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What kind of behaviour management strategies work for your kids

(13 Posts)
Namechangewho Sat 28-Sep-19 14:18:28

Whether they are what the school uses or you use at home, I need examples because I feel I’ve exhausted most options I can think of for my son.

OP’s posts: |
Herocomplex Sat 28-Sep-19 14:22:36

What’s his opinion of what’s happening? Is he defiant, destructive, won’t follow reasonable instruction? Depends what the issue is.

Namechangewho Sat 28-Sep-19 14:27:31

Disruptive at times , lazy , defiant at home and sometimes in school and fails to follow easy instructions

OP’s posts: |
Herocomplex Sat 28-Sep-19 14:37:37

Teenager or younger?

Namechangewho Sat 28-Sep-19 14:38:09


OP’s posts: |
Herocomplex Sat 28-Sep-19 14:49:45

First of all, it’s bloody hard. A headteacher described how 14 year olds go into a kind of tunnel where they can’t really hear much beyond their own preoccupations. You just have to hope they come out of it at the other end as a reasonable young adult. There’s no magic formula. I would just be really straightforward with him, lay down your boundaries, be calm. Repeat yourself. Tell him how you feel when he behaves badly.
Do you have any good things you do together? Does he listen to you, ask advice?
It’s exhausting, and it’s upsetting when you know they’re giving themselves a bad name.

Namechangewho Sat 28-Sep-19 18:52:20

We go shopping for games for his PS4 sometimes and sometimes he speaks to me but he’s not as open as I’d like.

OP’s posts: |
Herocomplex Sat 28-Sep-19 19:29:37

I’d try and build on those connections, ask his opinion on things, find your common ground. I can’t offer you a list of punishments because I’m not convinced it’s what teenagers respond to - sure, take stuff away, ground him, whatever. It’s becomes a war of nerves and threats, and it’s so upsetting. Get him on your side, improve your relationship and you might get through to him more easily?
Good luck. X

physicskate Sat 28-Sep-19 20:47:21

Choices and consequences. I was a secondary teacher.

If you do this, x will happen. If you do that, y will happen. Hopefully this and that are things that are acceptable to you (as well as the consequences being true or enforceable). Be clear on the expectations.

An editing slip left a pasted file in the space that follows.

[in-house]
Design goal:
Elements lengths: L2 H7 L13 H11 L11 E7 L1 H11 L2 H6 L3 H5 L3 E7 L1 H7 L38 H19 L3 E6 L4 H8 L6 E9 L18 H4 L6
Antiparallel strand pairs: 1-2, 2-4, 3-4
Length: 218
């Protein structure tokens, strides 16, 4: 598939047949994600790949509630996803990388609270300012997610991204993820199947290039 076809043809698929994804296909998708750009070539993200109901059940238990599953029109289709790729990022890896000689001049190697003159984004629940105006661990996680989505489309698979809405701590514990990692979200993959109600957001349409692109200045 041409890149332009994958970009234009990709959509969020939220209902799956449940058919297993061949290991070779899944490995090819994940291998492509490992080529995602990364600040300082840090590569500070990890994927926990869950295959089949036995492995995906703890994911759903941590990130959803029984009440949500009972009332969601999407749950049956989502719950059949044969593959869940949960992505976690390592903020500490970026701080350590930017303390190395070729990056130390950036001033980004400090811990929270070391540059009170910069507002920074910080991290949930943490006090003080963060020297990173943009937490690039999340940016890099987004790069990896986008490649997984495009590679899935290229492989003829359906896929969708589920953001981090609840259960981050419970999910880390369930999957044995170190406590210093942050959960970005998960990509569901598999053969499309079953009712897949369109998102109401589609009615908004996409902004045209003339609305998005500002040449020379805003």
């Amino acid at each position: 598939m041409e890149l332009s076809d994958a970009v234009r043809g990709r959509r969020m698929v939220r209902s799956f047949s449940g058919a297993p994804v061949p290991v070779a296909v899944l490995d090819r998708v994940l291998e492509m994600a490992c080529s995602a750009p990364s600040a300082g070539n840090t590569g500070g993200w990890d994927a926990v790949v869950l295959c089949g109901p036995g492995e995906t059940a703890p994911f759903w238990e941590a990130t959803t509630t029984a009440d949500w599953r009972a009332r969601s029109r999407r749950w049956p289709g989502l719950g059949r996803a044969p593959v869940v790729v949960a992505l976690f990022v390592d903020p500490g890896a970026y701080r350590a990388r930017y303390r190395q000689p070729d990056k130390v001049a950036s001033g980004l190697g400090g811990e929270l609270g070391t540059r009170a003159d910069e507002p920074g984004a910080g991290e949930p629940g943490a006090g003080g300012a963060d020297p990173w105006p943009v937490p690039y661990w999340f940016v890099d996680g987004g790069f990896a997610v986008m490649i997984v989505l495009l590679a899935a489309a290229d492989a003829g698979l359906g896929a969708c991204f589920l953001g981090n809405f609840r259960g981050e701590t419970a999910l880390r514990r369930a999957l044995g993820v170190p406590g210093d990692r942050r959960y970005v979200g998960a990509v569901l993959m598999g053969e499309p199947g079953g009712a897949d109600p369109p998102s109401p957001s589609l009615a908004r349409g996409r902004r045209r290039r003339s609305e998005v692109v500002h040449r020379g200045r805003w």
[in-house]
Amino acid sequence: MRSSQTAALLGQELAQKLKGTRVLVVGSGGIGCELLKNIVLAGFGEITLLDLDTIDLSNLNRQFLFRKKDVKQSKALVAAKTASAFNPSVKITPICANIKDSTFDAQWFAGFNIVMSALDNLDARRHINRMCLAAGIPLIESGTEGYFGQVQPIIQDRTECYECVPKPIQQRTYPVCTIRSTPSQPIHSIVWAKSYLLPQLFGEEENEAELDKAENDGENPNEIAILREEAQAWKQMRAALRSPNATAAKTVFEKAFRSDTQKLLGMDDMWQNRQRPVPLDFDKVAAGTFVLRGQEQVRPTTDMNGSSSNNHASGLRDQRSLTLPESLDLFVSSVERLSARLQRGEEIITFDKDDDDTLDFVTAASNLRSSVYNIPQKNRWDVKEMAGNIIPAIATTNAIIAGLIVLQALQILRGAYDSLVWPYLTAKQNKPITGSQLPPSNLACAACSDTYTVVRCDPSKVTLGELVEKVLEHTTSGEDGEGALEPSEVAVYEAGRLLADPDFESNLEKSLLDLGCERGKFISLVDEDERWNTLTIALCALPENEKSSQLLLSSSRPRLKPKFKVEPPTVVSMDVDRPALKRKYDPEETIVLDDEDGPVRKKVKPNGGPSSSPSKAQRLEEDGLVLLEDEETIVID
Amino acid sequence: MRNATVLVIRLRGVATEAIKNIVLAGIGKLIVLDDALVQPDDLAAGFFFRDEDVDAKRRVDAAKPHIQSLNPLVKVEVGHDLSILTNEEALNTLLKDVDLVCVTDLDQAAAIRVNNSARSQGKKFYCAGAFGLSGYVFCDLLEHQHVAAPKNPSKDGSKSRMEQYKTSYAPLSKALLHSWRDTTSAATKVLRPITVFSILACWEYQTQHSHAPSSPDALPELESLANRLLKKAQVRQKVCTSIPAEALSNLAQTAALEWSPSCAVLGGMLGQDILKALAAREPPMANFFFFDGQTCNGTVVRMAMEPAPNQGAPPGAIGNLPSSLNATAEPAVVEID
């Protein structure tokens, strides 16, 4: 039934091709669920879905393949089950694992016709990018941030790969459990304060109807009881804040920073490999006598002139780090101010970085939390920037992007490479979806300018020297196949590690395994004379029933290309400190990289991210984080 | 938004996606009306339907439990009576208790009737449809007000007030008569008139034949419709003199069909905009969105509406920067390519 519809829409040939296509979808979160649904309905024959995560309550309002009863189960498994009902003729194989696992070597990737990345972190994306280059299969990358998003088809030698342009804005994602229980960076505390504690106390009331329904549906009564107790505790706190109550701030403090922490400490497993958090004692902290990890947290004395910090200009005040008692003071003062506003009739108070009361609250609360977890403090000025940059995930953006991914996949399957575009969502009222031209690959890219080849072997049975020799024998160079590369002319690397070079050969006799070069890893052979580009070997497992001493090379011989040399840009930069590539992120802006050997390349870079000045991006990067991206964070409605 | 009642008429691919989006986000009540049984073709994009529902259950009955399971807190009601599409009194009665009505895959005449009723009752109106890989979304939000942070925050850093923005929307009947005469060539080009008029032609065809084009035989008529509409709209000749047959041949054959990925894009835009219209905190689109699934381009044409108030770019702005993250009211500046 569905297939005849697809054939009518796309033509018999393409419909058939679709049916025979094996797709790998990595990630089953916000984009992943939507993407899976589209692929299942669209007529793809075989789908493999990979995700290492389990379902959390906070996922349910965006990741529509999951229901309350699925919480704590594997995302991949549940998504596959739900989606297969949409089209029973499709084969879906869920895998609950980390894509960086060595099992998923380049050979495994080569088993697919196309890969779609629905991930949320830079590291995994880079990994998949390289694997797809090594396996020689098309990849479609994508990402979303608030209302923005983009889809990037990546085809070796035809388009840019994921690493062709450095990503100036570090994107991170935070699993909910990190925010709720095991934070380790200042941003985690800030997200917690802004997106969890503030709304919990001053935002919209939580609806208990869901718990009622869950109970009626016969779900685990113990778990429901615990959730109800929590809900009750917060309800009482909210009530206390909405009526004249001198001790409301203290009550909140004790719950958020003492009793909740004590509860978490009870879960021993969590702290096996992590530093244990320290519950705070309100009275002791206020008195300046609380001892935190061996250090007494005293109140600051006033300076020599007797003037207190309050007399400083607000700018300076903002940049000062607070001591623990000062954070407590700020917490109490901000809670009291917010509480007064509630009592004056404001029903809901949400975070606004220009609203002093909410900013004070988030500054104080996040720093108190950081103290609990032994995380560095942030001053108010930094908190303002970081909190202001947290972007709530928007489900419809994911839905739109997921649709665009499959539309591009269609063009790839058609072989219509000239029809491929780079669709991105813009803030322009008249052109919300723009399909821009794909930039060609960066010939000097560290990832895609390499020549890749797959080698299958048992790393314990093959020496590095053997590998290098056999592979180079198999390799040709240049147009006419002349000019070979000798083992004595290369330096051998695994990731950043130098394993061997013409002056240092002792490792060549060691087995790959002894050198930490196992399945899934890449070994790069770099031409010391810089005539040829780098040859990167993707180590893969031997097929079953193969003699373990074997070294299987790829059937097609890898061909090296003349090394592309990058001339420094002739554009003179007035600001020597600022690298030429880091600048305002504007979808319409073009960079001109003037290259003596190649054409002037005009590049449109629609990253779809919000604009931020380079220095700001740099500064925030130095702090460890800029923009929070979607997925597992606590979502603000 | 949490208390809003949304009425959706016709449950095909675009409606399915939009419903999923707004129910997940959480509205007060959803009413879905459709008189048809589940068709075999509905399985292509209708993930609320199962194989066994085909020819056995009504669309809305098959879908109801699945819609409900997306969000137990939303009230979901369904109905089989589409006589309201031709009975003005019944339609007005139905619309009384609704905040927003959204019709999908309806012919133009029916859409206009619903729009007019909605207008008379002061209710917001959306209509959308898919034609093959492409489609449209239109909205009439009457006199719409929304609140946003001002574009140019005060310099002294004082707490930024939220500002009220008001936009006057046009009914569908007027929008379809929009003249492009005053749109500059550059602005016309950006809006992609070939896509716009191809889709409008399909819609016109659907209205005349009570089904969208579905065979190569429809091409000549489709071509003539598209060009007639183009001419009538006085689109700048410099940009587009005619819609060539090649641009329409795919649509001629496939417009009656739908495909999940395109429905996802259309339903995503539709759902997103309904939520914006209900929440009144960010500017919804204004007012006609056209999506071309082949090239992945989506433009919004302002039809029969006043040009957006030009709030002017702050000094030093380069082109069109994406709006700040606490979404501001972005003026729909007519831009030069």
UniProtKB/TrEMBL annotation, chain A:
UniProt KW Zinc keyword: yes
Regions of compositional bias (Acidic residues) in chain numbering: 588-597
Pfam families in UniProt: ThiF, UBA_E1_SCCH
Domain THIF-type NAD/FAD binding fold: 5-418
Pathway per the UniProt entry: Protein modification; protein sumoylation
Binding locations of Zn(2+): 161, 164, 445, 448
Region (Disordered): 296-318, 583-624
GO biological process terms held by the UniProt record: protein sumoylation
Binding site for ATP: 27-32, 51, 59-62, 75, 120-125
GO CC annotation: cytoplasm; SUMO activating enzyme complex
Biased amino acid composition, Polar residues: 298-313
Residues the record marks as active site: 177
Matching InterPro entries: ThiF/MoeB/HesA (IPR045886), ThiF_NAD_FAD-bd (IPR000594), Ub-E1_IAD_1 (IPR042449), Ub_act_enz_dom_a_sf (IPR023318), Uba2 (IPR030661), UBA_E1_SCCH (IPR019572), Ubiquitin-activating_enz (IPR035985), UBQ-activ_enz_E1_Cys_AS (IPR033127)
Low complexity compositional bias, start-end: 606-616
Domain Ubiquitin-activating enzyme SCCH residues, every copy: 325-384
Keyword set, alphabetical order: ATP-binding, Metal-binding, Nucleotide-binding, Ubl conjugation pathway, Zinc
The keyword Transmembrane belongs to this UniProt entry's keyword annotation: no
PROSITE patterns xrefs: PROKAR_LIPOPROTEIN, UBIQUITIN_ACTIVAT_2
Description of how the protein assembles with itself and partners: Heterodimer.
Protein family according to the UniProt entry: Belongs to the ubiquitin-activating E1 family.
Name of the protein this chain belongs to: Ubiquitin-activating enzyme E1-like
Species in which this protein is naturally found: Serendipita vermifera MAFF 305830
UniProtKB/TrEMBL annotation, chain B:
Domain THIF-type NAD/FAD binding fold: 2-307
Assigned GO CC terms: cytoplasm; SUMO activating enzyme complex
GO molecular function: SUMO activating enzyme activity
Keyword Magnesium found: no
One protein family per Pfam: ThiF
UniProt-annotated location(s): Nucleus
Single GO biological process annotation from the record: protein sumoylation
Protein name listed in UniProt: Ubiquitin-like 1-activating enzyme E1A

A new study came out saying teenagers are more like to respond to their mothers if coming from an angle of support.

So the consequences could be natural or how someone else would respond.

For example, when asked to leave the class because of misdemeanours, I would say, 'you can choose to re-enter the class and get on with your leaning without disrupting others. This may mean you understand the hw/ test etc... or you can withdraw yourself from the lesson which the school says will mean a negative phone call home, a detention... blah blah...'

And always start fresh after a consequence. No point scoring!

TeenPlusTwenties Sat 28-Sep-19 20:53:47

As mentioned on your other thread, I would rule out a processing issue such as dyspraxia.
If a teacher says 'first I want you to do A blah blah blah and then when you've done that do B blah blah blah' then my DD wouldn't have remembered A or B and so wouldn't have been able to do them.

june2007 Sat 28-Sep-19 21:18:38

I rather call it actions and consequences rather then choices, as I don't think misbeaviour/ not doing what they should is necesserily an imnformed/understood choice..

CapturedFairy Sun 29-Sep-19 15:28:09

I think trying to get them to understand (hopefully from a young age) that you only want the best for them. You aren't doing things to spoil their fun but instead you are worried about them hurting themselves and the consequent A&E visit, the problems showering with a broken arm/leg and the physiotherapy that ensues. My two watch fail army videos but they don't see the aftermath of the injuries.

Re education/sleep/eating that again you are trying to keep them healthy so they don't have issues concentrating in class, that you never want to see them struggle financially (we have a good life, by contrast my SIL does not and they see it.)

That imagine if I suddenly decided I couldn't be arsed to go food shopping or go to the bank to get cash out, stopped doing laundry and ironing their uniform. Why is it that they get to cop out of stuff? We never did chores for money in this house, it isn't optional and they started very young.

Basically for us it has always come down to I get what I want then you get what you want (within reason) so shopping wise, I need to take you to get school shoes, you need to come at it with a positive attitude or you will not be allowed what you want ie gaming/tv/out on bike etc when we get home. This is the same as the real world, your boss wants X you want Y which is money.

As a parent all you need to provide is a bed, some food and some clothes, anything else can be restricted or taken away. And yes I have teens, sons who are 16 and 13.

Herocomplex Sun 29-Sep-19 18:02:24

And love CapturedFairy. Even when they’re not doing what you want you must provide love.

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